Neocerebellar Kalman filter linguistic processor: from grammaticalization to transcranial magnetic stimulation
Argyropoulos, Giorgos Panagiotis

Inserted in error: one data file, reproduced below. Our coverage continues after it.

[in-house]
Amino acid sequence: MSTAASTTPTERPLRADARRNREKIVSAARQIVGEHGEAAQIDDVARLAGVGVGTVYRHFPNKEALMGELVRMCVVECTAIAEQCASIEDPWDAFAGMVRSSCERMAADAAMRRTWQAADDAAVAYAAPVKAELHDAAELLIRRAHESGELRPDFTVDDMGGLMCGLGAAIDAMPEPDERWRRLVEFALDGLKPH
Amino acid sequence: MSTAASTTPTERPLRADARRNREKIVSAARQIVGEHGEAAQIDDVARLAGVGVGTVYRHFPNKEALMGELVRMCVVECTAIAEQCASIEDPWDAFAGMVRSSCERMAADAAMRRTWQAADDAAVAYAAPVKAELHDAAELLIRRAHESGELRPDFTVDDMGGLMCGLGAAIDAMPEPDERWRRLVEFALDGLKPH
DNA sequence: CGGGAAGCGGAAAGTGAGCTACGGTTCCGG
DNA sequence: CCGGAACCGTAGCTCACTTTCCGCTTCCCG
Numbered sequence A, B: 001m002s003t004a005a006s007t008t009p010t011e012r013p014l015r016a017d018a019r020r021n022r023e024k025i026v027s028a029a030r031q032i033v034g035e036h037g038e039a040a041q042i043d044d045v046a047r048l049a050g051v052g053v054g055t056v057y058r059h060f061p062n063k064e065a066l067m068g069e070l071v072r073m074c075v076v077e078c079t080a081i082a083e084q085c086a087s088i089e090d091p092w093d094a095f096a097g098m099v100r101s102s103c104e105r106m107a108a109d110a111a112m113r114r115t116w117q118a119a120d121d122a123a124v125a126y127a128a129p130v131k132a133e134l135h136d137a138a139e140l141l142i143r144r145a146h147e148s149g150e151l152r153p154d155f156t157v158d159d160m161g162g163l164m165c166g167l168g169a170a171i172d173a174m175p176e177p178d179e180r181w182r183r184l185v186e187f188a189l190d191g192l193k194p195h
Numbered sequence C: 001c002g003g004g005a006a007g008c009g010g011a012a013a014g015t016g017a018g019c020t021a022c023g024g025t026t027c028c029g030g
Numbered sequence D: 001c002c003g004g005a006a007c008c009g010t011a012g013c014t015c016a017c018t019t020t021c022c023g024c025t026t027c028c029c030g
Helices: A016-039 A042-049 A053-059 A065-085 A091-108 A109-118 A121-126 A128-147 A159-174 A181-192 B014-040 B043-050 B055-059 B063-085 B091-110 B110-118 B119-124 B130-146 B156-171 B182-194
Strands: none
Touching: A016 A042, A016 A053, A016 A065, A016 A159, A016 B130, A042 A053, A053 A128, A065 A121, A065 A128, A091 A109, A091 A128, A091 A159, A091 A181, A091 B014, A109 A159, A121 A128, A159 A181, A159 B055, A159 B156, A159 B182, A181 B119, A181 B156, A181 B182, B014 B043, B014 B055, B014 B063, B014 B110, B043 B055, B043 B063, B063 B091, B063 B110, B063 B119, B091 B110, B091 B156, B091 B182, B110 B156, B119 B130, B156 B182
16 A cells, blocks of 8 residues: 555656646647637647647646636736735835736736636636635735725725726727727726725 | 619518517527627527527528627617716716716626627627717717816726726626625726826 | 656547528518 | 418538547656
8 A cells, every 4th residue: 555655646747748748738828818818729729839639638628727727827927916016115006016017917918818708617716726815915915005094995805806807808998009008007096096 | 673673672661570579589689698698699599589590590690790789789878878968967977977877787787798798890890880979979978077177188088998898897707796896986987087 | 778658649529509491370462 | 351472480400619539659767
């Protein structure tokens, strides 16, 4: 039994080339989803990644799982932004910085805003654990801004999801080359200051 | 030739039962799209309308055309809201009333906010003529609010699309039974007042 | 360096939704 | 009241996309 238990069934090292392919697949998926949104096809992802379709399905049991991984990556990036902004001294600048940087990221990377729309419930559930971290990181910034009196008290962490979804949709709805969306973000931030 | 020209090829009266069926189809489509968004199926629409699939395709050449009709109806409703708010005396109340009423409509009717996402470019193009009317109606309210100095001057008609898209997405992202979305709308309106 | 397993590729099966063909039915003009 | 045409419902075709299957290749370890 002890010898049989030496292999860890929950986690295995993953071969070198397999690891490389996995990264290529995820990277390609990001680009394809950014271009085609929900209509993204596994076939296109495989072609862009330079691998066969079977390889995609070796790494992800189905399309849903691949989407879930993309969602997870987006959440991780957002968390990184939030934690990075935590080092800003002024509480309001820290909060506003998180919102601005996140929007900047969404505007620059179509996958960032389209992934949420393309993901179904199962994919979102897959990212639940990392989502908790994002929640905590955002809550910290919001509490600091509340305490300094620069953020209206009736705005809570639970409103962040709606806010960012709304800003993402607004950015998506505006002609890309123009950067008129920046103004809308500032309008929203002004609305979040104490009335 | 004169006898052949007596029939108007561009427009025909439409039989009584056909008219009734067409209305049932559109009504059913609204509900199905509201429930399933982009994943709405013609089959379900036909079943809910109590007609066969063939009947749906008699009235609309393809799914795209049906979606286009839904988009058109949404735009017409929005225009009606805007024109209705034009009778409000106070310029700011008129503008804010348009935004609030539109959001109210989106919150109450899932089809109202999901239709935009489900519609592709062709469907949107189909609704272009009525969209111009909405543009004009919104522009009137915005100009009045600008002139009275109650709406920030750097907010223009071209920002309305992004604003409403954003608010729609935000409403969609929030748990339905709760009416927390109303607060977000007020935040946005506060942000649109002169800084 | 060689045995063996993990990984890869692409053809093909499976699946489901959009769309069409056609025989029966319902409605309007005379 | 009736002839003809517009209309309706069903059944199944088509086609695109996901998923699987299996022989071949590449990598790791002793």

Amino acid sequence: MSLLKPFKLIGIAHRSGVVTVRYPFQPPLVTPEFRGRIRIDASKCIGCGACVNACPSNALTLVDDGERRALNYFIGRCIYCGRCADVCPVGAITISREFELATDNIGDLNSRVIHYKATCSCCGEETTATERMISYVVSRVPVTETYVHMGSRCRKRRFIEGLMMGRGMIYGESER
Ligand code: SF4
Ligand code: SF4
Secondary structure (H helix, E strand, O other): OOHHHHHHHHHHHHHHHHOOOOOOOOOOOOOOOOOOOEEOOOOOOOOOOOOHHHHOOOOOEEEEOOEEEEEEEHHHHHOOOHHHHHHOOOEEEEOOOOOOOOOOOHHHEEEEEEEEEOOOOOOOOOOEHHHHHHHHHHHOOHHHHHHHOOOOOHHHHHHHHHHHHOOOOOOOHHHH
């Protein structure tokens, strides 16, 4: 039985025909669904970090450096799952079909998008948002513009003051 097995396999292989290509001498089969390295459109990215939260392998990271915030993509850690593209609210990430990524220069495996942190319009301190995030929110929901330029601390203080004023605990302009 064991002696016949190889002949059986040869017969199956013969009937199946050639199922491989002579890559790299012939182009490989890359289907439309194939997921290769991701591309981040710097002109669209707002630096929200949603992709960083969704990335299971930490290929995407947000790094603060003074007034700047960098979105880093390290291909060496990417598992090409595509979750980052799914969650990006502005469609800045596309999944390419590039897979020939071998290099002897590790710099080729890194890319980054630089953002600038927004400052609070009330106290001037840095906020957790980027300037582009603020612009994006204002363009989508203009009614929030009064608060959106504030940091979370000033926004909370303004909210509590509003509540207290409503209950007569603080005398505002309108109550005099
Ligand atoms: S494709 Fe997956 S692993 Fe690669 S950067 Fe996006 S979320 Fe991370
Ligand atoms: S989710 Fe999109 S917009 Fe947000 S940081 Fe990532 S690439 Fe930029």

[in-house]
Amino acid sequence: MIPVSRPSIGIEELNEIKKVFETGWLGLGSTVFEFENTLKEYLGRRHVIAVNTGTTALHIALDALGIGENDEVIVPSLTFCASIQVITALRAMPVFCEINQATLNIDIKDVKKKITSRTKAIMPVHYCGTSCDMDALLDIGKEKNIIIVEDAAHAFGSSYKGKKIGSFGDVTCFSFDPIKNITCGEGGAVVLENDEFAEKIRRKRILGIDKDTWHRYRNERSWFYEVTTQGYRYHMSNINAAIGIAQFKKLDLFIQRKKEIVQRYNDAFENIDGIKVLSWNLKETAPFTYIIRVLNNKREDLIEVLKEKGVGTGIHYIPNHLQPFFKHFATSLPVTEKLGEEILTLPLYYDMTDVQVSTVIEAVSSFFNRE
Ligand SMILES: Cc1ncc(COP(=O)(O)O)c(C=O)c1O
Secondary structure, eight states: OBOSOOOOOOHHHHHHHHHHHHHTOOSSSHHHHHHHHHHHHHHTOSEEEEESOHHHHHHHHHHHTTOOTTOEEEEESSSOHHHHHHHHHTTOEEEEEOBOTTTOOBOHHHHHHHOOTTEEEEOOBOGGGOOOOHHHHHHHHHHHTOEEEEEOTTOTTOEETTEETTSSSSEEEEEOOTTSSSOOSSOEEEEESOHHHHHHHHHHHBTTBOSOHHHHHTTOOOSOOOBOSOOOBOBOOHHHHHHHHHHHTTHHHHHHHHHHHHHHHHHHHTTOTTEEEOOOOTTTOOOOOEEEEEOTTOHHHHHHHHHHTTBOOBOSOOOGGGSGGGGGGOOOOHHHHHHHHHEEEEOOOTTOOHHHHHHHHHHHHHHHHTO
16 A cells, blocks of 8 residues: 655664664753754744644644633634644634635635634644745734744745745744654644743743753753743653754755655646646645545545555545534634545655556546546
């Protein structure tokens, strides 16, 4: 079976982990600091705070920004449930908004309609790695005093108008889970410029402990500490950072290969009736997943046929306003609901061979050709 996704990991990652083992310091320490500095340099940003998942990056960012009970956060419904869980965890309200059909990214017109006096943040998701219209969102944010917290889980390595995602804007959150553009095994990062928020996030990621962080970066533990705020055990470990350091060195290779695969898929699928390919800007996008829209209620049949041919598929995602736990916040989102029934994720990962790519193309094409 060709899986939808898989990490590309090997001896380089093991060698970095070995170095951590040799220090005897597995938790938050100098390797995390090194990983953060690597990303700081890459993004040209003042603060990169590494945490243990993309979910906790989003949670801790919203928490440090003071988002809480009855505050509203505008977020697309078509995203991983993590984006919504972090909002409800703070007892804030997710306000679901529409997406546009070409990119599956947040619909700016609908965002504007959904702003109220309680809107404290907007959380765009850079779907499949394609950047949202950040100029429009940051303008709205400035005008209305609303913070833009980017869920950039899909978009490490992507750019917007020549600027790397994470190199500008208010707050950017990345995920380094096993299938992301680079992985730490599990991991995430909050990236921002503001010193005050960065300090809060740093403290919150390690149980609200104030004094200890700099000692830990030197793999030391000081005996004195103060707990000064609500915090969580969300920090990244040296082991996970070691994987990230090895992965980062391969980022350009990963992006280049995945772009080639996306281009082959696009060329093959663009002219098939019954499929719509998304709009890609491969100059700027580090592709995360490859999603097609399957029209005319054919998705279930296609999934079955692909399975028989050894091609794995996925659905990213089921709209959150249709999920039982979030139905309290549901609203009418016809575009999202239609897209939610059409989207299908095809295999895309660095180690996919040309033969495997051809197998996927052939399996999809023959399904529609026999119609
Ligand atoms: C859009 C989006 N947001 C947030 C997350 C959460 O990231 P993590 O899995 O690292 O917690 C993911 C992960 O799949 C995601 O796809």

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The present work introduces a synthesis of neocerebellar state estimation and feedforward control with multi-level language processing. The approach combines insights from clinical, imaging, and modelling work on the cerebellum with psycholinguistic and historical linguistic research. It finally provides the first experimental attempts towards the empirical validation of this synthesis, employing transcranial magnetic stimulation. A neuroanatomical locus traditionally seen as limited to lower sensorimotor functions, the cerebellum has, over the last decades, emerged as a widely accepted foundation of feedforward control and state estimation. Its cytoarchitectural homogeneity and diverse connectivity with virtually all parts of the central nervous system strongly support the idea of a uniform, domain-general cerebellar computation. Its reciprocal connectivity with language-related cortical areas suggests that this uniform cerebellar computation is also applied in language processing. Insight into the latter, however, remains an elusive desideratum; instead, research on cerebellar language functions is predominantly involved in the frontal cortical-like deficits (e.g. aphasias) seldom induced by cerebellar impairment. At the same time, reflections on cerebellar computations in language processing remain at most speculative, given the lack of discourse between cerebellar neuroscientists and psycholinguists. On the other hand, the fortunate contingency of the recent accommodation of these computations in psycholinguistic models provides the foundations for satisfying the desideratum above. The thesis thus formulates a neurolinguistic model whereby multi-level, predictive, associative linguistic operations are acquired and performed in neocerebello-cortical circuits, and are adaptively combined with cortico-cortical categorical processes. A broad range of psycholinguistic phenomena, involving, among others, "pragmatic normalization", "verbal/semantic illusions", associative priming, and phoneme restoration, are discussed in the light of recent findings on neocerebellar cognitive functions, and provide a rich research agenda for the experimental validation of the proposal. The hypothesis is then taken further, examining grammaticalization changes in the light of neocerebellar linguistic contributions. Despite a) the broad acceptance of routinization and automatization processes as the domain-general core of grammaticalization, b) the growing psycholinguistic research on routinized processing, and c) the evidence on neural circuits involved in automatization processes (crucially involving the cerebellum), interdisciplinary discourse remains strikingly poor. Based on the above, a synthesis is developed, whereby grammaticalization changes are introduced in routinized dialogical interaction as the result of maximized involvement of associative neocerebello-cortical processes. The thesis then turns to the first steps taken towards the verification of the hypothesis at hand. In view of the large methodological limitations of clinical research on cerebellar cognitive functions, the transcranial magnetic stimulation apparatus is employed instead, producing the very first linguistic experiments involving cerebellar stimulation. Despite the considerable technical difficulties met, neocerebellar loci are shown to be selectively involved in formal- and semantic-associative computations, with far-reaching consequences for neurolinguistic models of sentence processing. In particular, stimulation of the neocerebellar vermis is found to selectively enhance formal-associative priming in native speakers of English, and to disrupt, rather selectively, semantic-categorical priming in native speakers of Modern Greek, as well as to disrupt the practice-induced facilitation in processing repeatedly associated letter strings. Finally, stimulation of the right neocerebellar Crus I is found to enhance, quite selectively, semantic-associative priming in native speakers of English, while stimulation of the right neocerebellar vermis is shown to disrupt semantic priming altogether. The results are finally discussed in the light of a future research agenda overcoming the technical limitations met here.